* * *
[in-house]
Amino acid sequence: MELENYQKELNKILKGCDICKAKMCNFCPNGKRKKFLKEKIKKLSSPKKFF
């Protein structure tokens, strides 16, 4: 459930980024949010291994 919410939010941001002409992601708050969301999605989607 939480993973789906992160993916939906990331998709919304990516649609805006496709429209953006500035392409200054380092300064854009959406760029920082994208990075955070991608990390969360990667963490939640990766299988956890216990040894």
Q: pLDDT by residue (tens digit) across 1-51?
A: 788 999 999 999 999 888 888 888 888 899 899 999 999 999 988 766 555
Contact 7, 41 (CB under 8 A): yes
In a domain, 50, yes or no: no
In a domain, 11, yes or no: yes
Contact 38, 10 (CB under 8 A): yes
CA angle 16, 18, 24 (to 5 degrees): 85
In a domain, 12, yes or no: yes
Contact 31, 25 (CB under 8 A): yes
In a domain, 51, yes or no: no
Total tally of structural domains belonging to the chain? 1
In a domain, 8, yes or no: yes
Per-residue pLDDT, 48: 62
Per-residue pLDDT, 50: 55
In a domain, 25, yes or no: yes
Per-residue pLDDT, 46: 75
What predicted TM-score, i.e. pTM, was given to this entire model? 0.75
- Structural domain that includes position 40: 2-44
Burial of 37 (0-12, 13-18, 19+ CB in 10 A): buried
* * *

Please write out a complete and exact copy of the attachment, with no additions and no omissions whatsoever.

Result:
[in-house]
Amino acid sequence: MELENYQKELNKILKGCDICKAKMCNFCPNGKRKKFLKEKIKKLSSPKKFF
């Protein structure tokens, strides 16, 4: 459930980024949010291994 919410939010941001002409992601708050969301999605989607 939480993973789906992160993916939906990331998709919304990516649609805006496709429209953006500035392409200054380092300064854009959406760029920082994208990075955070991608990390969360990667963490939640990766299988956890216990040894």
Q: pLDDT by residue (tens digit) across 1-51?
A: 788 999 999 999 999 888 888 888 888 899 899 999 999 999 988 766 555
Contact 7, 41 (CB under 8 A): yes
In a domain, 50, yes or no: no
In a domain, 11, yes or no: yes
Contact 38, 10 (CB under 8 A): yes
CA angle 16, 18, 24 (to 5 degrees): 85
In a domain, 12, yes or no: yes
Contact 31, 25 (CB under 8 A): yes
In a domain, 51, yes or no: no
Total tally of structural domains belonging to the chain? 1
In a domain, 8, yes or no: yes
Per-residue pLDDT, 48: 62
Per-residue pLDDT, 50: 55
In a domain, 25, yes or no: yes
Per-residue pLDDT, 46: 75
What predicted TM-score, i.e. pTM, was given to this entire model? 0.75
- Structural domain that includes position 40: 2-44
Burial of 37 (0-12, 13-18, 19+ CB in 10 A): buried